“GetGo’s seasonal and limited time offerings are created by our team through a combination of product research, consumer research and national trends,” Donovan said. “We look to introduce a variety of new and unique flavors such as home-style and ethnic flavor combinations, topping choices and bread flavors.”
Many recent research reports emphasize that consumers are looking for more healthful selections for lunch and dinner. Pilot Flying J has taken this trend to heart with its new Travel Well program, which focuses on the more health-conscious options available at the stores. The program debuted in November.
There are more than 650 Pilot and Flying J travel centers and plazas across the nation. Ten of the stores have a proprietary foodservice concept called PJ Fresh Marketplace, just launched last year, featuring hot, home-style platters including meatloaf and roasted chicken, as well as fresh-made salads and pizza.
“Travel Well reminds professional drivers and everyday highway travelers about the importance of fueling your body with healthful and nutritious foods while on the road,” said Anne LeZotte, communications manager for Pilot Flying J.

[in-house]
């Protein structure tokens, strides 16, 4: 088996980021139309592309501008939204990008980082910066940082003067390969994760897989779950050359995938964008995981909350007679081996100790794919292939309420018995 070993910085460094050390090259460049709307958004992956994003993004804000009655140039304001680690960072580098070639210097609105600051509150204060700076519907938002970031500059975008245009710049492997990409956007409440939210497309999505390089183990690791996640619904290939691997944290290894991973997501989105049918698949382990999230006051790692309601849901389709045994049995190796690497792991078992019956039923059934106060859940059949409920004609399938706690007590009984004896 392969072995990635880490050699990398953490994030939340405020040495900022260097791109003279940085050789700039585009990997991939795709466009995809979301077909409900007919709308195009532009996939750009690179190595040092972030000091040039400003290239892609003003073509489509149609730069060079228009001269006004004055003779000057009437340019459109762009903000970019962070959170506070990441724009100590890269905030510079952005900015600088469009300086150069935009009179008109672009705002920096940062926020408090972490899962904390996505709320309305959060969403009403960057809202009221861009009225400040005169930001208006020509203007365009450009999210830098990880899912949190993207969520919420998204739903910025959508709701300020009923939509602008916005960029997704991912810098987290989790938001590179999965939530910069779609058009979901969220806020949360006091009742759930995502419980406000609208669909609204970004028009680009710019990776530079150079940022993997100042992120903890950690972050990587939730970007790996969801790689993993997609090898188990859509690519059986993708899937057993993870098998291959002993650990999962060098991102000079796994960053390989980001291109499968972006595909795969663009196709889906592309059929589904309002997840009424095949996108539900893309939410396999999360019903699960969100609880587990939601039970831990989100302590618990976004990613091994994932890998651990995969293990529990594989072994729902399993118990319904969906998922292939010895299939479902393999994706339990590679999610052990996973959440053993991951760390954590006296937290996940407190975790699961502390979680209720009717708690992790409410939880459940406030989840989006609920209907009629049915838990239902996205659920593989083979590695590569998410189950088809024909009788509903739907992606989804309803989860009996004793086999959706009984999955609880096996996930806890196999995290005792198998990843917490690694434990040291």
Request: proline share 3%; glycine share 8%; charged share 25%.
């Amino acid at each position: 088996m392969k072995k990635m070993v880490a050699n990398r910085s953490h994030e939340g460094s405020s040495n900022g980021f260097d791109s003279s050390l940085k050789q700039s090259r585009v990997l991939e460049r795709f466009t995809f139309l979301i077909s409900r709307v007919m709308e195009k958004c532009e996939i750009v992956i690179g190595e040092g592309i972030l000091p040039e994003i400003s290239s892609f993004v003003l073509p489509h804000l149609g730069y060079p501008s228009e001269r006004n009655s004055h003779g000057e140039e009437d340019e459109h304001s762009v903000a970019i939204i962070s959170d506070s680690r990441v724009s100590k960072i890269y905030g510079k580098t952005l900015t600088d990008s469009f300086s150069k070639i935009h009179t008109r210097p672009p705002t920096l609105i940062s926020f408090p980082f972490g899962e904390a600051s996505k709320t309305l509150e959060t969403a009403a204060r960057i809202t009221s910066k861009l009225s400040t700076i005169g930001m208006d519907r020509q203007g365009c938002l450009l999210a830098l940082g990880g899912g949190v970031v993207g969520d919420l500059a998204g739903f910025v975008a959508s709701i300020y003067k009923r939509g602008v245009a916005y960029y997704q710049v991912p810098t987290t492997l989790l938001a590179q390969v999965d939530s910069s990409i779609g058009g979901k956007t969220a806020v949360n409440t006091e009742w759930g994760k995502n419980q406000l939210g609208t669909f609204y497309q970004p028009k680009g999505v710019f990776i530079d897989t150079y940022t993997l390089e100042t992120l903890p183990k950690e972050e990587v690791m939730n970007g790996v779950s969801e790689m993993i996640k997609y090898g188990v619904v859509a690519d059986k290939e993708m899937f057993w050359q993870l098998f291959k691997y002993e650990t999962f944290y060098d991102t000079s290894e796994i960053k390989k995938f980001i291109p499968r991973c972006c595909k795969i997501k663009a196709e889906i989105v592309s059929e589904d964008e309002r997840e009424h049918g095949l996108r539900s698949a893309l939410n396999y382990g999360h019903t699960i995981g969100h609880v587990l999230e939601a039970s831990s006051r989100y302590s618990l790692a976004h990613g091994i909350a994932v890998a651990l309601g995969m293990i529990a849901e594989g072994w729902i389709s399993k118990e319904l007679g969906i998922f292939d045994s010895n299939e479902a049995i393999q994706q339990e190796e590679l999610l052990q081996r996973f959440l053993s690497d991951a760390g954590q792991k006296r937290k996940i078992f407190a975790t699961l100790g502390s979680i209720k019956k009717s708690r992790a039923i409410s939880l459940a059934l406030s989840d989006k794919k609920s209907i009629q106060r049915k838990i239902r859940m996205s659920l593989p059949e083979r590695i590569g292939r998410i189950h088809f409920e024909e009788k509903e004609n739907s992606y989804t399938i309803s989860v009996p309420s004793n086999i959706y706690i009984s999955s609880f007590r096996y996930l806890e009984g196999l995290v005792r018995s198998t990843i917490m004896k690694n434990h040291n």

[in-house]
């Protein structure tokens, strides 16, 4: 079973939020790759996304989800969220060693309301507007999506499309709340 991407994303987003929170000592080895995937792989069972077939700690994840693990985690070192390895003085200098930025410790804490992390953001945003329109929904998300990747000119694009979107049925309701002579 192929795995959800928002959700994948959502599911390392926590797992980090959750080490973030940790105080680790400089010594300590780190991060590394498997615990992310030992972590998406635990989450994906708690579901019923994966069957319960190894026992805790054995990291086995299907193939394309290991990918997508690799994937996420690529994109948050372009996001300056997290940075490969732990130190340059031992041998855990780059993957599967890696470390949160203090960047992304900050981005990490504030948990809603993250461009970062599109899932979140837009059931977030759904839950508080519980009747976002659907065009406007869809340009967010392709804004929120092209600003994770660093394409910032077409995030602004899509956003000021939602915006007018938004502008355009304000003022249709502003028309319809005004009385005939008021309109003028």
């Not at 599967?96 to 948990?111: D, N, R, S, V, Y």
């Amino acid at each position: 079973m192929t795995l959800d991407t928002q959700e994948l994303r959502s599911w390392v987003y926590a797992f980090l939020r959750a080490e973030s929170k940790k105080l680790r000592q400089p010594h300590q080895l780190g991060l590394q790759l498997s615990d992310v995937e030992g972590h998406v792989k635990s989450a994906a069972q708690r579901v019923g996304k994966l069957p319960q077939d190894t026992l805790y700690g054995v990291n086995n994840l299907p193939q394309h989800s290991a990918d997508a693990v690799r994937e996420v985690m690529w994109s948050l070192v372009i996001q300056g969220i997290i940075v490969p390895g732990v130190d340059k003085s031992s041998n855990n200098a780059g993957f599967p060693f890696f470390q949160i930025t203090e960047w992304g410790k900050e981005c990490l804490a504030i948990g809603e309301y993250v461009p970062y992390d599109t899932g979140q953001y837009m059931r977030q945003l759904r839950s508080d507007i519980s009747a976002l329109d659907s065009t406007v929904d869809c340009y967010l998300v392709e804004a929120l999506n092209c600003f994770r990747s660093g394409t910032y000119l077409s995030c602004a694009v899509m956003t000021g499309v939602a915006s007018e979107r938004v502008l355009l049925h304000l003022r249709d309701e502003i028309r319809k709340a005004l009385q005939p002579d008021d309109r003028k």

The program has its own Website featuring a blog offering tips to help consumers eat healthfully while traveling. Pilot Flying J has named Pete Thomas, TV’s “The Biggest Loser” Season 2 At-Home Winner, as its “Health Champion” and he is featured on the blog and on other promotions for Travel Well.
Think in Thirds
To make the most of valuable merchandising space, foodservice consultant Arlene Spiegel counsels retailers to break their foodservice offering into thirds. The first third consists of traditional items such as the chicken club sandwich.
The second third uses the same fully prepared chicken breast, but gives it a brush of teriyaki sauce and puts it over vegetables to become a Japanese dish. This gives the retailer the opportunity to create exotic or signature items that cannot be found at other c-stores or restaurants.
Finally, the last third should feature combinations of items in your store’s inventory. Her example was mixing apples, raisins and walnuts with the chicken to make a Waldorf salad.
“Using the same basic item, you’re creating three different culinary points of view,” she said. In the end, retailers should strive to:
• Deliver authentic flavors.
• Work with manufacturers, suppliers and distributors.
• Use ingredients in your inventory.
• Offer new twists on comfort foods.